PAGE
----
I find Arial or Calibri in 14pt size always pleasant to read.

By default, you’ll receive 24bit/48kHz WAV files.

Anything is possible, just let me know. It’s good to remind me that the last time I worked for you, it was also mono µLaw at 8-bit/16kHz. If that’s still the desired setting, we’ll make sure everything goes smoothly. Want to double check if I can deliver what you need? Get in touch and ask.

Absolutely. Many programs designed for remote office meetings, such as Microsoft Teams and Google Meet, can be used perfectly to discuss the tone-of-voice, pronunciation, and intonation of a recording. If the sound quality needs to be higher, applications like Source-Connect and Session-Link can be helpful.

No, these are different languages. However, the requests I receive suggest that quite a few people believe Dutch people can speak Danish just as easily. While it’s understandable that some might not realize the Dutch are not native Flemish speakers, one would need a native Flemish speaker for that.

To sum it up:

In the Netherlands, the Dutch live and speak the Dutch language. We call ourselves Nederlanders, living in Nederland, and we speak Nederlands.

In Germany, the Germans live and speak German. They call their country Deutschland and the language Deutsch. That word looks like Dutch, but it’s not the same.

In Belgium, people speak three languages, one of which is Flemish, which is actually Dutch. However, it’s not the same Dutch spoken in the Netherlands.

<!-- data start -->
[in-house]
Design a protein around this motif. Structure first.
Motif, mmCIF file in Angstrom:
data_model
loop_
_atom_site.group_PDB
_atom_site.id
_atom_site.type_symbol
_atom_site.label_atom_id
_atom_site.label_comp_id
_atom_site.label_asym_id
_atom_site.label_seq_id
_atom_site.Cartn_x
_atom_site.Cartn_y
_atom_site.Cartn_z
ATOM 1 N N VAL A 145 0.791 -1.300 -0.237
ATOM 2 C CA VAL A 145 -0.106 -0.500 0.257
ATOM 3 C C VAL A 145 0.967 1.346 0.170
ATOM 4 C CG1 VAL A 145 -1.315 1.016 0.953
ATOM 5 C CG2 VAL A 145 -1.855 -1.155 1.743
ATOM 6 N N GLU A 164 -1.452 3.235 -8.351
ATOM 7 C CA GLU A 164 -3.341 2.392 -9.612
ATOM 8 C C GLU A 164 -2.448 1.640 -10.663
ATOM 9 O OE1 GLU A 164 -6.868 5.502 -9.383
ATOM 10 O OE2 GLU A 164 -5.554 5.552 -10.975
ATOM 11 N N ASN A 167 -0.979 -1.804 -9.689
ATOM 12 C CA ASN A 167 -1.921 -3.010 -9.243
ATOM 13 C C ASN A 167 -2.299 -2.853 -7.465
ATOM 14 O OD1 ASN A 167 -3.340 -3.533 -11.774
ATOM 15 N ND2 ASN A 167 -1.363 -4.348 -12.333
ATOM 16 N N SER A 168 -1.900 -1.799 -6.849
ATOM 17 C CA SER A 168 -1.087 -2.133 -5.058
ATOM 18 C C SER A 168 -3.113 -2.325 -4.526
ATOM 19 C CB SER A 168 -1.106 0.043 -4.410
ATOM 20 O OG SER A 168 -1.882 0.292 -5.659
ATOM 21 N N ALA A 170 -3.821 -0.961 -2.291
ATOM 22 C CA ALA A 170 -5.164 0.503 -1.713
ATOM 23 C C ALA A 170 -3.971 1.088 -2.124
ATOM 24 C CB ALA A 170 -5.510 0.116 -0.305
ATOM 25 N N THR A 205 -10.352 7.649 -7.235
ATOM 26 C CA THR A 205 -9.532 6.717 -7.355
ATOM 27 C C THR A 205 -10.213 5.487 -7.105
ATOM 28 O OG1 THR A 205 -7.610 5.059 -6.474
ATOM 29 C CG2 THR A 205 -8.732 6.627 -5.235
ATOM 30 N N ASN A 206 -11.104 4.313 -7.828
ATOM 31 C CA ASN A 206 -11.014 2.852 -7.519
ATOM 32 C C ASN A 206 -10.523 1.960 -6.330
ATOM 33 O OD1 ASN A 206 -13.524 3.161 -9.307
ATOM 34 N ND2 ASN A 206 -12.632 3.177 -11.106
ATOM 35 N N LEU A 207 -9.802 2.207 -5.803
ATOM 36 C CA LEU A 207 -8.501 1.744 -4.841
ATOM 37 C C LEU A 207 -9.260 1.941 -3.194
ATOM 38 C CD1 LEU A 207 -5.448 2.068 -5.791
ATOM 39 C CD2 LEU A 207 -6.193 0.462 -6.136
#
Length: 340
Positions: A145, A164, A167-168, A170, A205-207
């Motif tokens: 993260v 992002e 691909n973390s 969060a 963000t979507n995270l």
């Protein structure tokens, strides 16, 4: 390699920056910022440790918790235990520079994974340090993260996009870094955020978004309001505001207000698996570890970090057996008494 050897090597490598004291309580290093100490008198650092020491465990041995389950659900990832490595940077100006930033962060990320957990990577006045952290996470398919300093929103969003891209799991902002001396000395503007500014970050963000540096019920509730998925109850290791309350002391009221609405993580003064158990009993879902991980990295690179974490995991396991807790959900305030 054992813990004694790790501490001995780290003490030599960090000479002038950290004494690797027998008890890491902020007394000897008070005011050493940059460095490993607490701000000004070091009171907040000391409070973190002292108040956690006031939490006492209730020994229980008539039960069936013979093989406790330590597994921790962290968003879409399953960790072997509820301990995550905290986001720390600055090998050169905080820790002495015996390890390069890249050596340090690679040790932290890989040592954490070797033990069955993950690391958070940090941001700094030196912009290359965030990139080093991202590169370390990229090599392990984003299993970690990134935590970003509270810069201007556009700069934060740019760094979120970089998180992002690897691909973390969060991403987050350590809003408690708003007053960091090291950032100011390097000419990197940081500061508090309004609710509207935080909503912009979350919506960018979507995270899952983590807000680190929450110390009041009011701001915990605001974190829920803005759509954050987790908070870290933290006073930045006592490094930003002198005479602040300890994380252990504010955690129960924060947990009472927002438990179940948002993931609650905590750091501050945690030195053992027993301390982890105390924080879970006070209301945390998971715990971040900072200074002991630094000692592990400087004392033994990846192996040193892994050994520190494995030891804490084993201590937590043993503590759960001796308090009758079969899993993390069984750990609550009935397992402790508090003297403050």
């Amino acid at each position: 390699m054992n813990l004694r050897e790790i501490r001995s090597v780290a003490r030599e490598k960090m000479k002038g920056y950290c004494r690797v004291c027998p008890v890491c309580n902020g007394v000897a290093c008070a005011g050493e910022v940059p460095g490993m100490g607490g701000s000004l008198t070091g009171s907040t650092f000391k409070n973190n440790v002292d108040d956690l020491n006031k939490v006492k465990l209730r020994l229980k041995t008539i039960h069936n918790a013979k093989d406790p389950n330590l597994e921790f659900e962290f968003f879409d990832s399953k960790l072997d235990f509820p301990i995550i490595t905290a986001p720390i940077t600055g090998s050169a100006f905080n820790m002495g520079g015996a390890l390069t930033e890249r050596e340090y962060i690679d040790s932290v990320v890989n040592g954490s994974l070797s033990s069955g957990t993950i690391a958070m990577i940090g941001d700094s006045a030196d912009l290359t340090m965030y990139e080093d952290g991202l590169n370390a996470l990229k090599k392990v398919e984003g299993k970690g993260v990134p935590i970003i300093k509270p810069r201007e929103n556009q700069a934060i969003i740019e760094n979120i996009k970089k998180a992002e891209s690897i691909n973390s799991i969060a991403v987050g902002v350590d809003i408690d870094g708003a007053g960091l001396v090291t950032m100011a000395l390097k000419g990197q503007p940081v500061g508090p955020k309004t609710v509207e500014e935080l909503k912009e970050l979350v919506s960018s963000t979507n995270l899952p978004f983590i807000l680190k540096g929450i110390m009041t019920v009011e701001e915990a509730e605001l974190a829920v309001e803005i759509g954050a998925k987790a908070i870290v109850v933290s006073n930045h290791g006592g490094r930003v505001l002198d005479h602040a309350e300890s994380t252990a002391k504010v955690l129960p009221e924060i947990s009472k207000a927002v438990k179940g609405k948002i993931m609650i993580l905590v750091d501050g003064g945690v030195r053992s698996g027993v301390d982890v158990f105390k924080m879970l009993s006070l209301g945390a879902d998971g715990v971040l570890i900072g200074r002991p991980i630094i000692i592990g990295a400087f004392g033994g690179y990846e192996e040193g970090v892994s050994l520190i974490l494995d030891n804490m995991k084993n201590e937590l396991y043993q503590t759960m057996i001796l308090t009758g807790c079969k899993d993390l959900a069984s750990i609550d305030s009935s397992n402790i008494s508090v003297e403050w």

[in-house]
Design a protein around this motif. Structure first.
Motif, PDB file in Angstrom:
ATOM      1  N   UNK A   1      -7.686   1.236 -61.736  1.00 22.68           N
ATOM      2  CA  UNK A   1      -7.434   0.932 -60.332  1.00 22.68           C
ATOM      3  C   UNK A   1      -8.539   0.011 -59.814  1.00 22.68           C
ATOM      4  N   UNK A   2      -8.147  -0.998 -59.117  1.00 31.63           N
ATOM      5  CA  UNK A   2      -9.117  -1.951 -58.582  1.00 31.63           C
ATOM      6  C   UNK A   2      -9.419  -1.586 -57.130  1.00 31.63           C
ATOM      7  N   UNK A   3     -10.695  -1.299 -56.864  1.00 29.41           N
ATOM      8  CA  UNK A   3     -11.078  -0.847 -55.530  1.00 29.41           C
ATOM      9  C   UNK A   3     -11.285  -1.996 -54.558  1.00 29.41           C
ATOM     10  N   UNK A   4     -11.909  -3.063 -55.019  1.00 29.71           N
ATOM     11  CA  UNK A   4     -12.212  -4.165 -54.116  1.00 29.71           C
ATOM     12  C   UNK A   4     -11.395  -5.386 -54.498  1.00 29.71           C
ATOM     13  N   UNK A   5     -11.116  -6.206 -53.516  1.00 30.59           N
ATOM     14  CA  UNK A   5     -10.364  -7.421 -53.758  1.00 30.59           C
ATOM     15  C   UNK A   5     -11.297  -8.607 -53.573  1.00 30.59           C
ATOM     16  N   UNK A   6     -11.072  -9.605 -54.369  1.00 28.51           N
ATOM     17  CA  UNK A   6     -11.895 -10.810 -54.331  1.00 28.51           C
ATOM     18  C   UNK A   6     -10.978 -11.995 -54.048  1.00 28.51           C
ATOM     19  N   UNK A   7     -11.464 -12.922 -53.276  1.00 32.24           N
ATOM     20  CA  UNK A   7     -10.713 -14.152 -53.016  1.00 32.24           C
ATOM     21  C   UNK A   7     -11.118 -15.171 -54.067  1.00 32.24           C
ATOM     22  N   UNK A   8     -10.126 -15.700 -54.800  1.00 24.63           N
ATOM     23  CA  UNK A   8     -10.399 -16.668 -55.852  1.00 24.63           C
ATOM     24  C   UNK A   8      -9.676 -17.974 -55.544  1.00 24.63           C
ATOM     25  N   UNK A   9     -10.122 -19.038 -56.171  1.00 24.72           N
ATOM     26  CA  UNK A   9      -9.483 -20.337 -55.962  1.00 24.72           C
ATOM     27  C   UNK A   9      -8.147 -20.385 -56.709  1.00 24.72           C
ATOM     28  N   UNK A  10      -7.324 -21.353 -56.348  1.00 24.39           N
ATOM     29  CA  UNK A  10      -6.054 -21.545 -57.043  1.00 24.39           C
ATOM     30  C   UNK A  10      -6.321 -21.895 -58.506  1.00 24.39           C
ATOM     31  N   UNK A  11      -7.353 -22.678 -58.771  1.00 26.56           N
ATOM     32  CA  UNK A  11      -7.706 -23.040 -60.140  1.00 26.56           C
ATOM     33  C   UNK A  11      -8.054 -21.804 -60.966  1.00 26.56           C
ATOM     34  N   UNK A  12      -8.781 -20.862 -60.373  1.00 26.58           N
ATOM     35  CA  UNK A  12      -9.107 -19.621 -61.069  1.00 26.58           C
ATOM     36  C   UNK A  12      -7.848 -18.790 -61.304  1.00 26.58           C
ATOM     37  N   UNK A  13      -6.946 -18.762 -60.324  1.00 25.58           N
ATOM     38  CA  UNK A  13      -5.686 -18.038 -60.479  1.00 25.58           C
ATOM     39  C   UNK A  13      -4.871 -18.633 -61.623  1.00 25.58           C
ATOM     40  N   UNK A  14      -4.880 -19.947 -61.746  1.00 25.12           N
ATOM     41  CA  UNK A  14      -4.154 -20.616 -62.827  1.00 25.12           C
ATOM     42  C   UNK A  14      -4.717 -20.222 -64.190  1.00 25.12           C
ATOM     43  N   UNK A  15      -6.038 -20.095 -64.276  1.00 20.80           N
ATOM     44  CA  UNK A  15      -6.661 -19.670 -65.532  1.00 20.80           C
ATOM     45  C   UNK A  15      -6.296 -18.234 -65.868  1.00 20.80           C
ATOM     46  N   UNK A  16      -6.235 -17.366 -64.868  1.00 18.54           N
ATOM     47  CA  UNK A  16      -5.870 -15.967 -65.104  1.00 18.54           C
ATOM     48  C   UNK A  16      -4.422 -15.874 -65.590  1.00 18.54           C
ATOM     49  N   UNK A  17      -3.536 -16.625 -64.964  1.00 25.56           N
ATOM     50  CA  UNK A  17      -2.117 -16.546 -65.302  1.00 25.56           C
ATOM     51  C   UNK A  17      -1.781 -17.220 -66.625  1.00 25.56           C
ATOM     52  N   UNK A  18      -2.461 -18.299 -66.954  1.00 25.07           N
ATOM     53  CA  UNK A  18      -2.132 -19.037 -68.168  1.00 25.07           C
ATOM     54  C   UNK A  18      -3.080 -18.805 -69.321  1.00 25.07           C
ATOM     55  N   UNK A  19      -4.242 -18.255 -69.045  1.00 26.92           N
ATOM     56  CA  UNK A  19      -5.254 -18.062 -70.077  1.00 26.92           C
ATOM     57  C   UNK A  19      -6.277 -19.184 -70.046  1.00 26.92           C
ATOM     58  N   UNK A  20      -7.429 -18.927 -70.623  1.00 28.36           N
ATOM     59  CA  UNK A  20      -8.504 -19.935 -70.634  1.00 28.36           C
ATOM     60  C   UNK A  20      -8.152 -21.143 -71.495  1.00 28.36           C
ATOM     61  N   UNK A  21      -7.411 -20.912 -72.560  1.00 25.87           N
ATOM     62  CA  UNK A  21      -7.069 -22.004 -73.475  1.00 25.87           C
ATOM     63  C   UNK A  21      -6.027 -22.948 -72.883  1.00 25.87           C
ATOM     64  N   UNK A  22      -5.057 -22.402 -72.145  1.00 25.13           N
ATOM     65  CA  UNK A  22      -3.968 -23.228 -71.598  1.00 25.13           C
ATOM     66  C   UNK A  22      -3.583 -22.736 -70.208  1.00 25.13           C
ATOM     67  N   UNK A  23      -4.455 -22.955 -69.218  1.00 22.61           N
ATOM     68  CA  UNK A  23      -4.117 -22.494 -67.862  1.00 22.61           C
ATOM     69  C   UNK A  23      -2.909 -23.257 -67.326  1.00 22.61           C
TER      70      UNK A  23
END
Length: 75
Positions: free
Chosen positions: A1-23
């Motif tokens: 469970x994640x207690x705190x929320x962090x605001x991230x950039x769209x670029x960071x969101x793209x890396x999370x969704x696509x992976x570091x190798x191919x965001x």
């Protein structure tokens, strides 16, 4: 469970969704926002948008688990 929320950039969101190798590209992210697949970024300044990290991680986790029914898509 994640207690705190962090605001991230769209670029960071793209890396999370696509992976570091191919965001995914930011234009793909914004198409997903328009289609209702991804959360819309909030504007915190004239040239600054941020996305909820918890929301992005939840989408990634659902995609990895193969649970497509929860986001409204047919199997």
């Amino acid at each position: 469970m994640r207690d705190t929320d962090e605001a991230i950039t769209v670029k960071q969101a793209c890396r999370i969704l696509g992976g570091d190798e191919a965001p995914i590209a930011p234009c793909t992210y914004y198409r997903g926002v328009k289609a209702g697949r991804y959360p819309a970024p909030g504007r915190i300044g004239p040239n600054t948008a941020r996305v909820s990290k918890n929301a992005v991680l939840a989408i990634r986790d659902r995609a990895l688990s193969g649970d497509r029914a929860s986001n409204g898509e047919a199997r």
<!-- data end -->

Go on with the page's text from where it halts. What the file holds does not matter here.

And Denmark has absolutely nothing to do with any of the above.

A beautiful voice is a nice start. But understanding how a text is structured, what the writer wants to convey, and how to present it to the listener in the best way possible—that’s the essence of the voice acting profession. Of course, you also need to invest in an acoustically suitable space, equipment, and the knowledge and skills to use these things. If you think all that fits you, then a voice acting course could be a big step in the right direction.

I use a Gonzo Audio XL251, a Dutch-made tube microphone based on the ELA 251, a sibling of the Neuman U47 and U67. This is connected to a Cranborne Audio Camden pre-amp in an IGS Panzer rack. For AD conversion, I use a Lynx Hilo or a BURL B2 Bomber via a Dante network with an RME Digiface Dante as an interface. Monitoring is done via the DA conversion of the Lynx Hilo to a Cranesong Avocet II and then via a Bryston 4B sst2 amp to my beloved PMC MB2S.

In terms of software, I sometimes work in Pro Tools (Ultimate), but mostly in Nuendo.

See also the Studio page.

Firstly, the price of a voice recording depends greatly on its intended use. A local radio commercial is different from a national TV commercial, even if both are 30 seconds long.

Actually, every job is different. Two commercials are not twice as expensive as one. I make agreements with clients who give me multiple jobs each month. If you have three corporate videos recorded in one session, I calculate differently than if I receive them spread over several weeks.

There are only a few types of work for which standard prices apply, such as IVR and local commercials. Even in these cases, I’m happy to make agreements with you as a customer. This way, we find what works best for both of us.

In short, do you want to know the costs for my voice in your productions? Then contact me.